Yes, I did.

THE COURT:

You are freely and voluntarily waiving your right to trial by jury?

THE DEFENDANT:

Yes.

THE COURT:

Election to waive jury will be entered. You're consenting to have this matter tried by stipulated facts?

THE DEFENDANT:

Yes, your Honor.

MR. HANSEN

Your Honor, we've both

[DEFENDANT'S

reviewed the stipulation and

ATTORNEY]:

executed it.

THE COURT:

Stipulated facts will be filed with the clerk, and I'll read those over. You may be seated.

All right, I would find the Defendant guilty of Count I, Burglary in the First Degree; Count II, Rape in the First Degree, and Count III, Sodomy in the First Degree.

Transcript of Proceedings, State v. Adams, No. 10-81-10777 (Jan. 18, 1982) [hereinafter "Trial Transcript"].

Between conviction and sentencing, Adams gave his attorney a written statement of his version of the assault in which he denied committing the crimes of rape and sodomy. However, Adams told his attorney that he did not want his attorney to withdraw the previously stipulated facts. At the sentencing hearing, the court questioned Adams on the circumstances of the rape. After listening to Adams's testimony, the court imposed the statutory maximum of twenty years of imprisonment for the rape, a consecutive maximum of twenty years for the sodomy, but no additional sentence for the burglary. Adams appealed on the ground that the sentence was excessive. The Oregon Court of Appeals affirmed without opinion. State v. Adams, 59 Ore. App. 771, 652 P.2d 888 (Or. App. 1982).

Adams subsequently petitioned for post-conviction relief in Oregon state court, contending that his stipulated-facts trial was constitutionally invalid. He argued that he had not voluntarily and intelligently agreed to such a trial. At a hearing on this petition, the following colloquy took place between Adams and his new attorney:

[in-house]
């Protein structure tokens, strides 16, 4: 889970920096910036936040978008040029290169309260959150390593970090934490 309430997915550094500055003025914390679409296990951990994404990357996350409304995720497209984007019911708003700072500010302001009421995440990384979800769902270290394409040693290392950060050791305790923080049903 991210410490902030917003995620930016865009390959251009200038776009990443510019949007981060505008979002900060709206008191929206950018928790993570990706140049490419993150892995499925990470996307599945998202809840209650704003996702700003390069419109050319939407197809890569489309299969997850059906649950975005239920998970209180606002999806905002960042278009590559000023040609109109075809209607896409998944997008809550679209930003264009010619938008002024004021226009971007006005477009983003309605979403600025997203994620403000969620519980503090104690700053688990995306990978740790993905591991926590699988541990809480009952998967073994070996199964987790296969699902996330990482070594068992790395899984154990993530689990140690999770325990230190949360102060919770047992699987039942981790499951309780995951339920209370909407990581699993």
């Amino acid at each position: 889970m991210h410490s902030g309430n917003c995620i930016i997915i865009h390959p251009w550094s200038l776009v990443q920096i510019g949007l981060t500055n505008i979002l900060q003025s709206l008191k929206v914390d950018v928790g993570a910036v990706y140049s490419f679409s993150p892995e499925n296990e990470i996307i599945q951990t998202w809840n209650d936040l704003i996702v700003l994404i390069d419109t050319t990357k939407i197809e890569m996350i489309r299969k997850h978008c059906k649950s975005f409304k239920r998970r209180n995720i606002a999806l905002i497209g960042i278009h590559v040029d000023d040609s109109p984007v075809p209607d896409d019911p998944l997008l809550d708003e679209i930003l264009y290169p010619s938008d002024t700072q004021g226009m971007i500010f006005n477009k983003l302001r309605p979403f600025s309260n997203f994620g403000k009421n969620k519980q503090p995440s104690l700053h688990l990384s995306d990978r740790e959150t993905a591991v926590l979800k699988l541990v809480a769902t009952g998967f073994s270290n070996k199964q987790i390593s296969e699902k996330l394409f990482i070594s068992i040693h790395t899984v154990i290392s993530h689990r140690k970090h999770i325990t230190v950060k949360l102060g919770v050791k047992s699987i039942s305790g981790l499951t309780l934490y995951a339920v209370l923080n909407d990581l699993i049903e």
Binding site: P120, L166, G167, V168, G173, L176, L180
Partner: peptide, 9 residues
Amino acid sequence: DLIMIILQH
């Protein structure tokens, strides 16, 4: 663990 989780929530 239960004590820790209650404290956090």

Q Okay did you - did - when did you have Discussions with your attorney regarding the stipulated facts trial? When in relationship to when you actually did it?

A Weeks prior to it.

Q Okay what did he tell you that a stipulated facts trial was?

A That I would be waiving my right to a jury and it would be my testimony against the victims sic. That I would get up and go to a regular trial without the jury.

Q Did you assume that the Judge would make the decision?

A Yes. That I would just go in front of the Judge.

Q Did you assume that you would have the right to give testimony on your behalf?

A Yes. Yes I did.

Q - so during that stipulated facts trial it kind of came to your attention that this isn't a regular trial?

A Yes.

Q Did you say anything to your attorney about it?

A Well my attorney - I kind of looked at him and he gave me a nod and I guess he knew what he was doing.

Q Okay did you talk with him specifically about it while you were doing it?

A No.

Q Did you simply believe that he had things under control?

A Yes.

Q Okay were there any of these charges that you didn't believe you were guilty of?

A Yes.

Q What, if any, of those?

A The rape and sodomy.

Transcript of Proceedings at 6, 8, 11-12, Adams v. Sullivan, No. 140,109 (Or. Cir. Ct., Marion County) (Nov. 4, 1983) [hereinafter "Post-Conviction Transcript"]. Adams was ...